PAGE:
There are a number of different ways to test for the presence of a registry key and value in PowerShell. Here’s how I like to go about it. We’ll use an example key HKLM:\SOFTWARE\TestSoftware with a single value Version:

RegistryValue

Check for the key

You can use the Test-Path cmdlet to check for the key, but not for specific values within a key. For example


Test-Path 'HKLM:\SOFTWARE\TestSoftware'

but not


Test-Path 'HKLM:\SOFTWARE\TestSoftware\Version'

RegistryValue02

So for the value we need to work a bit harder. Using the below function we can see if Get-ItemProperty contains the value or not.


function Test-RegistryValue {

param (

 [parameter(Mandatory=$true)]
 [ValidateNotNullOrEmpty()]$Path,

[parameter(Mandatory=$true)]
 [ValidateNotNullOrEmpty()]$Value
)

try {

Get-ItemProperty -Path $Path | Select-Object -ExpandProperty $Value -ErrorAction Stop | Out-Null
 return $true
 }

catch {

return $false

}

}

So for our example:


Test-RegistryValue -Path 'HKLM:\SOFTWARE\TestSoftware' -Value 'Version'
Test-RegistryValue -Path 'HKLM:\SOFTWARE\TestSoftware' -Value 'Banana'

RegistryValue03

 

Reporting On Installed Windows Programs Via The Registry

Quite a common request for working with Windows machines is to report the software installed on them. If you don’t have a centralised system for reporting on client software (many places don’t) then you may turn to some form of scripted method to obtain this information.

Most people tend to head to Add / Remove Programs when thinking about what software is installed in Windows. However, not all applications will always populate information in there, depending on how they have been installed. Additionally, to query that information you would typically query the WMI class Win32_Product, however this can lead to performance issues.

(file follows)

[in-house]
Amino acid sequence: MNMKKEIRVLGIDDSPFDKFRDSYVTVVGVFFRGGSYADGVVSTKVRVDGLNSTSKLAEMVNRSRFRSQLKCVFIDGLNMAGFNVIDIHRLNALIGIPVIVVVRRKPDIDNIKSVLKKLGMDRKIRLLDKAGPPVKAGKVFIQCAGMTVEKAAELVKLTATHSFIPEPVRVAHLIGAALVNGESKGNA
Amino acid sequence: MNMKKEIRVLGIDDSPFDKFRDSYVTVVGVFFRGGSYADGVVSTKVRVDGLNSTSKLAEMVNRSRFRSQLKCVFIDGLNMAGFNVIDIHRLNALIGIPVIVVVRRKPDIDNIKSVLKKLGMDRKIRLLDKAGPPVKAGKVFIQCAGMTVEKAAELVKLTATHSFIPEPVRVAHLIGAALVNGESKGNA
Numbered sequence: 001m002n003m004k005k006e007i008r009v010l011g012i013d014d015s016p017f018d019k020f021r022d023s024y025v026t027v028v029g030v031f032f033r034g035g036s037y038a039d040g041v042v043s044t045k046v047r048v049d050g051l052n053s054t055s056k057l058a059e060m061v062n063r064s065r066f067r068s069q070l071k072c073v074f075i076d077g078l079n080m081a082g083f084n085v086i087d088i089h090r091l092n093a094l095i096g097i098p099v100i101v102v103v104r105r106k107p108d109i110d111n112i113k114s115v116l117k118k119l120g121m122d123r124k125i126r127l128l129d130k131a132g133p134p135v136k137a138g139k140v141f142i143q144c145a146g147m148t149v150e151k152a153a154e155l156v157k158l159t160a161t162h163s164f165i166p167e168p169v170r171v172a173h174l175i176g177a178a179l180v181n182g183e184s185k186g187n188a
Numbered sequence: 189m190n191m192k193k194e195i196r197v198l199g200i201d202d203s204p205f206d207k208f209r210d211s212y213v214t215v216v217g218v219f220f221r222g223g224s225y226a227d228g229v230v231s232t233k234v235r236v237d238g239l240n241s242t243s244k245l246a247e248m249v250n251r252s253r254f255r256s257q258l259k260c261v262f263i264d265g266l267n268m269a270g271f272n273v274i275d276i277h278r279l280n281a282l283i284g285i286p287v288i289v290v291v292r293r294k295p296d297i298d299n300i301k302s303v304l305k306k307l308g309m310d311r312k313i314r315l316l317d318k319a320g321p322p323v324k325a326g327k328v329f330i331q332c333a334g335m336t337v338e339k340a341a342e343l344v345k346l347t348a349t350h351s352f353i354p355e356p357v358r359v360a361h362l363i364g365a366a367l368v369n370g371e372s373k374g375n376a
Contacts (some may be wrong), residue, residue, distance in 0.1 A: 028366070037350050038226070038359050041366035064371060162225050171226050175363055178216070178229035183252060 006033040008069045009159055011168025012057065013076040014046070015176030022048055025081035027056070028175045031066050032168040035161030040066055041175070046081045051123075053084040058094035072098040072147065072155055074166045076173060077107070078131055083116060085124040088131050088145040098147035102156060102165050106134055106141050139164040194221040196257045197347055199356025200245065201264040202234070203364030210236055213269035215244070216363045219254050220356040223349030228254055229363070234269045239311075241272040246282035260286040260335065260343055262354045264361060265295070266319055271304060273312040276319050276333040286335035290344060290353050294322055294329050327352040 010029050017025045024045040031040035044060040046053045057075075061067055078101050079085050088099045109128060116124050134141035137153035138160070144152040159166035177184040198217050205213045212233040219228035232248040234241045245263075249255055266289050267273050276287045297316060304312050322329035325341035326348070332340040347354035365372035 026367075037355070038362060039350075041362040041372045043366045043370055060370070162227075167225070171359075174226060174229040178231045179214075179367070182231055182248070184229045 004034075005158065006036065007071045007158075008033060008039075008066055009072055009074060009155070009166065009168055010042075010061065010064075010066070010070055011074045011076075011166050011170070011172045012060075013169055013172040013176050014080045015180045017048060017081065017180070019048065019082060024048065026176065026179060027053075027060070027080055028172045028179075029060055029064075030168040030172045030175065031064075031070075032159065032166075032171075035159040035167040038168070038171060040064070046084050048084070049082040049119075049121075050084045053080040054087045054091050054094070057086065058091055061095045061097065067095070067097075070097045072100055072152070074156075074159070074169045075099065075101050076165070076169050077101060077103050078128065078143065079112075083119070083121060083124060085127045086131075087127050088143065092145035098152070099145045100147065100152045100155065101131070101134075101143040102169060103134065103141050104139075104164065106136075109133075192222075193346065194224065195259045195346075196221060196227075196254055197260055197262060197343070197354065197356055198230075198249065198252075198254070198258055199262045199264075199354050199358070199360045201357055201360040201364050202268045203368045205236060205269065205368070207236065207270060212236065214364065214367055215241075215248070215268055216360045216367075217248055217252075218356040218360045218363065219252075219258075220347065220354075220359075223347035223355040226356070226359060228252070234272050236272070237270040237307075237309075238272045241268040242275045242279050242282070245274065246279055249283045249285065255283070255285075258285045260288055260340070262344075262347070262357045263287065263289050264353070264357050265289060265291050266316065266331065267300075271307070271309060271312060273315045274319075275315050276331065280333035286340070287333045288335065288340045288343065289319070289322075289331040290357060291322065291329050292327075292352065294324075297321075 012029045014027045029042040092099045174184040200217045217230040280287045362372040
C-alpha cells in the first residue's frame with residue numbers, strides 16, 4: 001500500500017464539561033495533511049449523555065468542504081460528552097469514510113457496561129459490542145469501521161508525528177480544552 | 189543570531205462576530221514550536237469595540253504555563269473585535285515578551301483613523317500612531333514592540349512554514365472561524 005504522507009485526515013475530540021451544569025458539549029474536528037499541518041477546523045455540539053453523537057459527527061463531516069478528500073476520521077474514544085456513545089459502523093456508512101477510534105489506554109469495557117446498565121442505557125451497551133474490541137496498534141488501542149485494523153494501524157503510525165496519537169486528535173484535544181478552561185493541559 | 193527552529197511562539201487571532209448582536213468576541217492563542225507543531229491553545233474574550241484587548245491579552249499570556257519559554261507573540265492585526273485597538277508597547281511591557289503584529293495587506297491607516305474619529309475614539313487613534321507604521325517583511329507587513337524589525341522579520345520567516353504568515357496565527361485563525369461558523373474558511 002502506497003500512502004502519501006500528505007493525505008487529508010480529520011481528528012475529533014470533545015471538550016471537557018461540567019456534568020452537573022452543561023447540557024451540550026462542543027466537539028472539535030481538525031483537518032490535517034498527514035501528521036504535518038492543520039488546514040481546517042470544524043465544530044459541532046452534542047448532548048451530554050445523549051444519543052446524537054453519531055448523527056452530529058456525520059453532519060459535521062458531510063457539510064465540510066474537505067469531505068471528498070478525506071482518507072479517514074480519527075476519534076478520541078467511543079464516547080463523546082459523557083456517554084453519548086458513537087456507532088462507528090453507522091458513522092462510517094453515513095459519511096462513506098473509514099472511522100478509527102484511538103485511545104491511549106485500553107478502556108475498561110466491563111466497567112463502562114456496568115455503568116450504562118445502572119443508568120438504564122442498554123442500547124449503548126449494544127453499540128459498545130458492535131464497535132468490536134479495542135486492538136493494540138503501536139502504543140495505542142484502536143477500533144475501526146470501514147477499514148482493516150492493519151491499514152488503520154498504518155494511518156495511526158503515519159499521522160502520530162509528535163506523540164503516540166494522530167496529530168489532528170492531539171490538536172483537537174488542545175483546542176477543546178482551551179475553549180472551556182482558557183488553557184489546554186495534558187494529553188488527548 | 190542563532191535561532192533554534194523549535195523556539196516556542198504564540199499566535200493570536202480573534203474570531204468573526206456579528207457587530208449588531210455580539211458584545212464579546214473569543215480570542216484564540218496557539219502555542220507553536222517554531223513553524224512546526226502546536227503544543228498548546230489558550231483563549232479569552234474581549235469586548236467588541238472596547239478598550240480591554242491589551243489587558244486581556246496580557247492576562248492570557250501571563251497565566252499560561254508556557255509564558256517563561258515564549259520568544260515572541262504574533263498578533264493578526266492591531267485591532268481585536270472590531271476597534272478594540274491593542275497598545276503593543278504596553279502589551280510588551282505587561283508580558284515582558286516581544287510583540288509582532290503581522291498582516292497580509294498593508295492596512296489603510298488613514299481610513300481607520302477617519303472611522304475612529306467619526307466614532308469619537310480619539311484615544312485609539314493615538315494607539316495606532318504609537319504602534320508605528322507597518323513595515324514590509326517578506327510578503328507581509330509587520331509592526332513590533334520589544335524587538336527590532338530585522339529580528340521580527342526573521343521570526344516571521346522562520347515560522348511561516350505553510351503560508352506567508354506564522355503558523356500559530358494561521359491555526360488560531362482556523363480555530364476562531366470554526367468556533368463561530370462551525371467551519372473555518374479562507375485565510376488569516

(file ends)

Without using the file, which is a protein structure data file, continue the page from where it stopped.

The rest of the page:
A better approach if going down this route is to look in the registry and the key  HKLM\Software\Microsoft\Windows\CurrentVersion\Uninstall.

The following function illustrates how to access this data by using this .NET approach to retrieve registry data. Note: this also works with remote computers.

[Microsoft.Win32.RegistryKey]::OpenRemoteBaseKey('RegistryHive','ComputerName')

We check for the DisplayName on each subkey before adding the result to the output, since for some reason some keys are empty.

$DisplayName = $SubKeyValues.GetValue('DisplayName')<br />if ($DisplayName){........

Here’s the function which you could flesh out further for your own requirements.

Update 03/02/2014: As Peter points out in the notes, if you have 32bit software installed you have an extra place to check when using this method, so you will also need to make the same checks in the following key:

HKLM\Software\Wow6432Node\Microsoft\Windows\CurrentVersion\Uninstall


function Get-InstalledSoftware {
<#
 .SYNOPSIS
 Retrieve installed software from the registry

 .DESCRIPTION
 Retrieve installed software from the registry

 .PARAMETER ComputerName
 Name of the computer to check

.INPUTS
 System.String

.OUTPUTS
 System.Management.Automation.PSObject.

.EXAMPLE
 PS> Get-InstalledSoftware -Computer Server01

 .EXAMPLE
 PS> "Server01","Server02" | Get-InstalledSoftware

#>
[CmdletBinding()][OutputType('System.Management.Automation.PSObject')]

Param
 (

[parameter(Mandatory=$true,ValueFromPipeline=$true)]
 [ValidateNotNullOrEmpty()]
 [String[]]$ComputerName

)

begin {

 $OutputObject = @()
 }

 process {

try {
 foreach ($Computer in $ComputerName){

 $Registry = [Microsoft.Win32.RegistryKey]::OpenRemoteBaseKey('Localmachine',$Computer)
 $UninstallTopKey = $Registry.OpensubKey("Software\Microsoft\Windows\CurrentVersion\Uninstall",$false)
 $UninstallSubKeys = $UninstallTopKey.GetSubKeyNames()

ForEach ($SubKey in $UninstallSubKeys){

 $Path = "Software\Microsoft\Windows\CurrentVersion\Uninstall\$SubKey"
 $SubKeyValues = $Registry.OpensubKey($Path,$false)

$DisplayName = $SubKeyValues.GetValue('DisplayName')

if ($DisplayName){

 $Object = [pscustomobject]@{

 ComputerName = $Computer
 DisplayName = $DisplayName
 DisplayVersion = $SubKeyValues.GetValue('DisplayVersion')
 UninstallString = $SubKeyValues.GetValue('UninstallString')
 Publisher = $SubKeyValues.GetValue('Publisher')
 InstallDate = $SubKeyValues.GetValue('InstallDate')

}
 }

 $OutputObject += $Object

}
 }
 }
 catch [Exception]{

 throw "Unable to get registry data....."
 }
 }
 end {
 Write-Output $OutputObject
 }
}